Florida’s reemployment assistance program — all but blown up by unprecedented pandemic crisis demands it couldn’t handle in 2020 — is easing back toward more normal levels of claims, problem cases, and overall functionality.
The trust fund to cover claims is back over $1 billion. The unemployment level is back down to 5%. The number of unemployment compensation claims is close to pre-pandemic levels. Nearly 90% of adjudicated claims — those where payments were being held up due to issues — have been resolved. And the CONNECT online application system overhaul and modernization is on track to meet its 2023 deadline.
Those were the messages delivered Monday to the Senate Committee on Commerce and Tourism by Adrienne Johnston, the Department of Economic Opportunity’s director of workforce services, summarizing where the program is after the most tumultuous year on record.
“DEO has worked diligently throughout the pandemic to ensure that Floridians who are in need receive the reemployment assistance benefits that they are owed as quickly as possible,” Johnston told the committee. “We recognize that many claimants have experienced issues with the system throughout this time and are actively working to make the system more user-friendly for Floridians in the future.”
That was her summary of a 50-minute presentation Johnston made Monday pinch-hitting for DEO Secretary Dane Eagle.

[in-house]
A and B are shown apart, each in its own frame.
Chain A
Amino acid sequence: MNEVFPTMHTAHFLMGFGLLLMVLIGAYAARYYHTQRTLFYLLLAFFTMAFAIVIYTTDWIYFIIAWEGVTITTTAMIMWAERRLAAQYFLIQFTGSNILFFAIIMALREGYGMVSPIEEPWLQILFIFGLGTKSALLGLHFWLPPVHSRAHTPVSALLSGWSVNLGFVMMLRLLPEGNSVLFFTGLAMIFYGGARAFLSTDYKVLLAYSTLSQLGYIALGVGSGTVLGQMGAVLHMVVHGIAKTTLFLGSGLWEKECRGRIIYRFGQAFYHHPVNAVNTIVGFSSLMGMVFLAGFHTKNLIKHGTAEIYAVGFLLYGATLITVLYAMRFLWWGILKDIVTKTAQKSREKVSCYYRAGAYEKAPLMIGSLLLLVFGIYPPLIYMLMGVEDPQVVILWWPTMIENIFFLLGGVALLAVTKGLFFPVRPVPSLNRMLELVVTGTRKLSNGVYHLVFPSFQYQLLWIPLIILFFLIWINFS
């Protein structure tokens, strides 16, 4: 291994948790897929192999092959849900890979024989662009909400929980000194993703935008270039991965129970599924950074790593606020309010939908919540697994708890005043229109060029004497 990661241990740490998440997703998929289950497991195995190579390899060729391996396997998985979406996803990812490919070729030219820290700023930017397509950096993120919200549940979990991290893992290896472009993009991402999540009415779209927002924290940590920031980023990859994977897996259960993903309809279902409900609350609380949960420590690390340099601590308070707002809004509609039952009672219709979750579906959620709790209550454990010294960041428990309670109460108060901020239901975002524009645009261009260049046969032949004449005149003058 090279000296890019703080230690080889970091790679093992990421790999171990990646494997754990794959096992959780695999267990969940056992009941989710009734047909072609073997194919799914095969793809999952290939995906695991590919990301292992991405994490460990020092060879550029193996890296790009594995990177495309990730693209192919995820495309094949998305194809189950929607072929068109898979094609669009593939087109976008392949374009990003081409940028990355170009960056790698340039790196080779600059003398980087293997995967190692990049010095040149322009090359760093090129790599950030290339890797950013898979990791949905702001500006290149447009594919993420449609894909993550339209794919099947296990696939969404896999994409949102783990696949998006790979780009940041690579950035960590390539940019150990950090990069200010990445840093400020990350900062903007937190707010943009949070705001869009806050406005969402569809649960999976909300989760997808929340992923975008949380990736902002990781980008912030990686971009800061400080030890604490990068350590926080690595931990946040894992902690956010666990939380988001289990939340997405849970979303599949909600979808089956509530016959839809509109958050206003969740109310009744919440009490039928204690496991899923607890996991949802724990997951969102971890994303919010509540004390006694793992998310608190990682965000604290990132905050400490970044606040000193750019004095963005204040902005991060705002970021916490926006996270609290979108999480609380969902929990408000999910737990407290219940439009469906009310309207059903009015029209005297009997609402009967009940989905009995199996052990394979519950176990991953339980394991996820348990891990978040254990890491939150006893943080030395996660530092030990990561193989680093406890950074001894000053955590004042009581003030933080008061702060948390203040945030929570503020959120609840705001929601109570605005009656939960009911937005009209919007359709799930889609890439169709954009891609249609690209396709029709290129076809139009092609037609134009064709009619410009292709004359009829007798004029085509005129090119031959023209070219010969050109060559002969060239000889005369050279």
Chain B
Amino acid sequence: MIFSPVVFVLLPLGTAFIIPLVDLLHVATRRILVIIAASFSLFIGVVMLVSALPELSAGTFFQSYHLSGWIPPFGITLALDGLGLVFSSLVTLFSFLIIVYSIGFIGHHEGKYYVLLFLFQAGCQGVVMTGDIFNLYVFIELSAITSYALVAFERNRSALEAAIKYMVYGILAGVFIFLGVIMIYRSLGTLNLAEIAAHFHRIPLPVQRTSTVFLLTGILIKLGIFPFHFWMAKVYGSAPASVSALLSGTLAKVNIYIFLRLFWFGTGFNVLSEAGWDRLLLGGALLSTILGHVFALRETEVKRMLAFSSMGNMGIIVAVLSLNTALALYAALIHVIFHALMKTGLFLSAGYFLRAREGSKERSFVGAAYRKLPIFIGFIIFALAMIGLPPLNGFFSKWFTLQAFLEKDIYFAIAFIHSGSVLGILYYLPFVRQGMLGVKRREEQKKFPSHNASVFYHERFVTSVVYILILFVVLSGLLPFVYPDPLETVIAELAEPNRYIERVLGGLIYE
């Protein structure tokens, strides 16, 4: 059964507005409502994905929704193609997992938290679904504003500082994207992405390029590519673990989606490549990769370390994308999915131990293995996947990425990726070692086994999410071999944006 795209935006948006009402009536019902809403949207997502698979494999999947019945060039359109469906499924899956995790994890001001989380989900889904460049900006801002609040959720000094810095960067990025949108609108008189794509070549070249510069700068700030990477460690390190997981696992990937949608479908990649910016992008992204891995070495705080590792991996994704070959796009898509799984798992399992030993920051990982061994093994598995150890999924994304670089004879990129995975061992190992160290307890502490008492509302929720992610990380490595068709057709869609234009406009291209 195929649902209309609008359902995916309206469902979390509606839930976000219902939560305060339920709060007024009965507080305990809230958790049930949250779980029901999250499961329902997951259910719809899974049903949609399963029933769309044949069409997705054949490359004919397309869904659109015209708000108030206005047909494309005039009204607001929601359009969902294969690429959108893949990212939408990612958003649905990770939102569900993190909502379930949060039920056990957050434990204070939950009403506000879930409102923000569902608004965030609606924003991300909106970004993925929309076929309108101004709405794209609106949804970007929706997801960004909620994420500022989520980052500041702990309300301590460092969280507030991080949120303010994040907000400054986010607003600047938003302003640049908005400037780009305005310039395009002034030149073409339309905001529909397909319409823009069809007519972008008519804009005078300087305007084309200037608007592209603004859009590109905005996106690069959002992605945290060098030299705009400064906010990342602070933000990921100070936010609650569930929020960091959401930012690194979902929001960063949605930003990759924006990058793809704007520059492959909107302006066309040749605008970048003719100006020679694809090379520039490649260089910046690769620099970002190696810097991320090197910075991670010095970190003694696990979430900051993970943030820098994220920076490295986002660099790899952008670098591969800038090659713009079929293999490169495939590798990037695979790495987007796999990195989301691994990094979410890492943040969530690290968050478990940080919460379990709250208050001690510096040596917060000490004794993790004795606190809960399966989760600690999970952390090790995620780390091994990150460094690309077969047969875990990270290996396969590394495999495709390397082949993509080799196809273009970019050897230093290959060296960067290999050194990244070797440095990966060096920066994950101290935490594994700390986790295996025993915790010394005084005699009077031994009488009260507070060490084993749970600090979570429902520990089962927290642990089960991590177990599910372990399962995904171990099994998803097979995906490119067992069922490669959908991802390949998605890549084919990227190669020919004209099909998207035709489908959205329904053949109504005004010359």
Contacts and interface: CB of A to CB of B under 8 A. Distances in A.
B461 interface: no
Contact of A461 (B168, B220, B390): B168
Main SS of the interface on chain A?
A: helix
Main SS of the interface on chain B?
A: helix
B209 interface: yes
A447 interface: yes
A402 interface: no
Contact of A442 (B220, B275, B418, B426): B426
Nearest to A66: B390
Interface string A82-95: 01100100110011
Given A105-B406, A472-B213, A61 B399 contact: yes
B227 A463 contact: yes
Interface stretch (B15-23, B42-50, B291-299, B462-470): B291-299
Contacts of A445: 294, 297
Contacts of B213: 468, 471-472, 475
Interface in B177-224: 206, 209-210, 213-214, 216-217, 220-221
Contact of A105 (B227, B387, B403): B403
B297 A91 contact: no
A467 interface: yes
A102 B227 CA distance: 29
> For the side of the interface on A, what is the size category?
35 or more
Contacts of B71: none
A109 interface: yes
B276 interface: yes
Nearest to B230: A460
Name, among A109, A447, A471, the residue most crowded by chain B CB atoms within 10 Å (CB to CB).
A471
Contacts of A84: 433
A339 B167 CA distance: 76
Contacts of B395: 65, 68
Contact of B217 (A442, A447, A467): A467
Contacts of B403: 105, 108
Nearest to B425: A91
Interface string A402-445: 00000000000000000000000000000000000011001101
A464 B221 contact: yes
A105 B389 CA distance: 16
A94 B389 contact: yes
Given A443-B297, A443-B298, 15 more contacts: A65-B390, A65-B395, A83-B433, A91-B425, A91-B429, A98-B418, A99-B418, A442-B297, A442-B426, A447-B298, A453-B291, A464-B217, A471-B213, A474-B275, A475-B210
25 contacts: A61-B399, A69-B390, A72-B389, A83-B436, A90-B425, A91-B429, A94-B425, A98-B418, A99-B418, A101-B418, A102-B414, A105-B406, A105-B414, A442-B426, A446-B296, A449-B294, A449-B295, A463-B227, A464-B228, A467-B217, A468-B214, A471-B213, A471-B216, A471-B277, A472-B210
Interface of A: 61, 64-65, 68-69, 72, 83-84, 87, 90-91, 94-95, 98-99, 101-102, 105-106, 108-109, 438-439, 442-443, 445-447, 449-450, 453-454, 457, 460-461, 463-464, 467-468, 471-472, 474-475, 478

A year ago, after a summer when Florida’s unemployment topped 14%, the CONNECT unemployment compensation system was overwhelmed by millions of claims, and it became a widespread conclusion that the system had been designed to frustrate — not to serve — claimants. There could have been contentious responses Monday, but none came.
Democratic Sens. Victor Torres of Orlando and Bobby Powell of West Palm Beach asked a few questions about how many people still were awaiting benefits, and for how long. Progressive group representatives Karen Woodall and Ida V. Eskamani made comments reminding the panel that many Floridians who lost jobs did not get benefits and are suffering.
But consensus emerged at the committee hearing that the crisis was past, even if the program isn’t yet where everyone would like it to be.
“It’s really been a tremendous job you have done,” Republican Sen. Tom Wright of Port Orange told Johnston.
Among the highlights of Johnston’s presentation:
— Before the 2020 pandemic’s economic collapse, the Florida Unemployment Compensation Trust Fund had $4 billion. The economic collapse drained that — but not to zero, as happened in some states. The fund’s assets dipped to just over $500 million. The fund has since rebounded to $1.3 billion. The fund’s balance should be up over $3 billion by this time next year, Johnston projected.
— Overall, the state adjudicated more than 33 million issues in unemployment claims, meaning they were flagged for issues, and payment was held up. That’s down 90%, but there still are more than 3.4 million issues to be resolved.
— 79% of the jobs lost in the 2020 economic collapse have been recovered. Florida’s unemployment rate of 5% — still above the 3.2% seen at the end of 2019 — is due in part to a much larger workforce. More people are in Florida to work.
— Before the collapse, Florida was averaging about 23,000 new unemployment claims per week. At the worst of the pandemic economic crisis, the first week of May, 2020, Florida got 1.4 million claims. Now it’s back down to about 25,000 a week, though that’s in large part because federal benefits have been discontinued, and Florida’s unemployment benefits’ eligibility is much tighter.